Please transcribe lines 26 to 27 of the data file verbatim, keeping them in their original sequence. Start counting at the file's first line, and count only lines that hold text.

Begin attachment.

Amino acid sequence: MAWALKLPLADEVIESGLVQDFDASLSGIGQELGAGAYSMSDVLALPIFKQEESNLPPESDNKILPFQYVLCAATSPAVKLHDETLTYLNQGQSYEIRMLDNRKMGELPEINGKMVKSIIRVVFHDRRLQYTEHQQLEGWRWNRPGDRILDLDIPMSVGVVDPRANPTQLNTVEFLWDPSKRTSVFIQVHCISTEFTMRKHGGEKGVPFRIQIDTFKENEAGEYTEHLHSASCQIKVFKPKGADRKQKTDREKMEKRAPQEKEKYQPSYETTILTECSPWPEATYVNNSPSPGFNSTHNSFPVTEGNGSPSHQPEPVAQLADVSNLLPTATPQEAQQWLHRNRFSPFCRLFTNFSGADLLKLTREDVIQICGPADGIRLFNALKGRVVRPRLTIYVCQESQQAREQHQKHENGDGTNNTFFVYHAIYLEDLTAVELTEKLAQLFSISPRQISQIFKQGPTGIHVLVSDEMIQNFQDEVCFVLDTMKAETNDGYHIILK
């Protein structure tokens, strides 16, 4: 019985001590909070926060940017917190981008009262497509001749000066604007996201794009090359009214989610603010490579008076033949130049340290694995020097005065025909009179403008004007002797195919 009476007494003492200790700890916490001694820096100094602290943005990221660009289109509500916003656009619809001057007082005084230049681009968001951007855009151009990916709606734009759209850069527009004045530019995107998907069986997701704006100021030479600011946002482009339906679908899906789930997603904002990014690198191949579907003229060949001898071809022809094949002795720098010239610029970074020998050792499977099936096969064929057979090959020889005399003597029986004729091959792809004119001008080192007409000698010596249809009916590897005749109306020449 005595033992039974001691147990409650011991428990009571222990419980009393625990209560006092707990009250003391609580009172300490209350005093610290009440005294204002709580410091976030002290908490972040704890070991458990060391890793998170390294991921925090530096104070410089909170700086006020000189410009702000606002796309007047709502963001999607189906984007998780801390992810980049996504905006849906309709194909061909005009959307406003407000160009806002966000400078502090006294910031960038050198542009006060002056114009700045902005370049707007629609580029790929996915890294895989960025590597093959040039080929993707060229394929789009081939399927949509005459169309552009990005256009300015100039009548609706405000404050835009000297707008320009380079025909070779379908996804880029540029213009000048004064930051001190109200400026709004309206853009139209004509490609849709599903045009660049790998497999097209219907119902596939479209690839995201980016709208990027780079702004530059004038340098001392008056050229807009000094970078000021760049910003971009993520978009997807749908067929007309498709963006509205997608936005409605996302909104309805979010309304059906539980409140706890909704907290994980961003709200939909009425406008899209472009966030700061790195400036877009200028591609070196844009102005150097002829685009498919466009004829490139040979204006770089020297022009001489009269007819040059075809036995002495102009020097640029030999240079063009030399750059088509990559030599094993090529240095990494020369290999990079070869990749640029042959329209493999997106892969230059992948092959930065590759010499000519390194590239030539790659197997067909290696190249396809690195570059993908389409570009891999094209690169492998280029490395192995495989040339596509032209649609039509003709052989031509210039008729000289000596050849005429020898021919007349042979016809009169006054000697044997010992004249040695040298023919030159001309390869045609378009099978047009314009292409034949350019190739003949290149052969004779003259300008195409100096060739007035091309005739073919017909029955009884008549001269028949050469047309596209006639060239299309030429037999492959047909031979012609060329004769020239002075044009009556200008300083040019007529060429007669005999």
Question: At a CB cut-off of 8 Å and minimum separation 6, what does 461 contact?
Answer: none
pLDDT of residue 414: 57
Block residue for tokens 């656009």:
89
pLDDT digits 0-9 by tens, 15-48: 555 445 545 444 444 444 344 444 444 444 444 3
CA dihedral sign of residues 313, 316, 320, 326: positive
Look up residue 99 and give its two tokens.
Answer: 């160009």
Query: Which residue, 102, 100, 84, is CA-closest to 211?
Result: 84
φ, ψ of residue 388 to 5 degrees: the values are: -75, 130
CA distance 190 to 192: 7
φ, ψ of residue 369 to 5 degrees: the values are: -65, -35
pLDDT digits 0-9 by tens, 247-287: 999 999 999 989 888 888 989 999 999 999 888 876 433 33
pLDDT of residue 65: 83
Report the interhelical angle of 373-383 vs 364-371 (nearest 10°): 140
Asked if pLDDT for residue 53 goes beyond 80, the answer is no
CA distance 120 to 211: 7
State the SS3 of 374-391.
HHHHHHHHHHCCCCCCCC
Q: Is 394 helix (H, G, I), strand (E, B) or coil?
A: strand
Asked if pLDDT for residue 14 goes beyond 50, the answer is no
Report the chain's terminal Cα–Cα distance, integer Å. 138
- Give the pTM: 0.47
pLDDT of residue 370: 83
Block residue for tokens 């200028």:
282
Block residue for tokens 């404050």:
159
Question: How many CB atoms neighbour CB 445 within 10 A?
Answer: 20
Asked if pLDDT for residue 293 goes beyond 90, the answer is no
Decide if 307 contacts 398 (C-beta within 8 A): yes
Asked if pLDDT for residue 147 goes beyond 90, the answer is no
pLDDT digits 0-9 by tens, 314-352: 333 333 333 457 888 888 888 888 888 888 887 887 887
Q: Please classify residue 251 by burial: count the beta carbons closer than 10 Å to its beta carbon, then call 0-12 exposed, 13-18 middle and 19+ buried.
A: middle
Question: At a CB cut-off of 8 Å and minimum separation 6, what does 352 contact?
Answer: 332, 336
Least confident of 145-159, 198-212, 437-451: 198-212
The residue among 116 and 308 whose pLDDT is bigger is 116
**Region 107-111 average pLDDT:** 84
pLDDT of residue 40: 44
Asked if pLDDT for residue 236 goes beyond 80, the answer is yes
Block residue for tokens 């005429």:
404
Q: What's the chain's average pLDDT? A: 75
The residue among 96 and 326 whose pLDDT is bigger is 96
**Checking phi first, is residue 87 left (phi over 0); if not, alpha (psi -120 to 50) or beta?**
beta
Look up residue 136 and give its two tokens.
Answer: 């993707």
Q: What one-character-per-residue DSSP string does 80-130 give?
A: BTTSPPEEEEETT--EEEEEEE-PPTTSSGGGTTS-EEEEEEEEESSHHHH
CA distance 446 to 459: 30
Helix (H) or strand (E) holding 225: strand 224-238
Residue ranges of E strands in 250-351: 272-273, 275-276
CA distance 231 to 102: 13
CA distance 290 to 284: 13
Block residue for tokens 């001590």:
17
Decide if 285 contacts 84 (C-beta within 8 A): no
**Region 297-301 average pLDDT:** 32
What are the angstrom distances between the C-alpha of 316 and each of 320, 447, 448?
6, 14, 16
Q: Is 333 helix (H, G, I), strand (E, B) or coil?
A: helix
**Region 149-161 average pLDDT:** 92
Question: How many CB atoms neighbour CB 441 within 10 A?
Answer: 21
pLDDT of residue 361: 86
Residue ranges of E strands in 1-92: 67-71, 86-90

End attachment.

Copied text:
Asked if pLDDT for residue 14 goes beyond 50, the answer is no
Report the chain's terminal Cα–Cα distance, integer Å. 138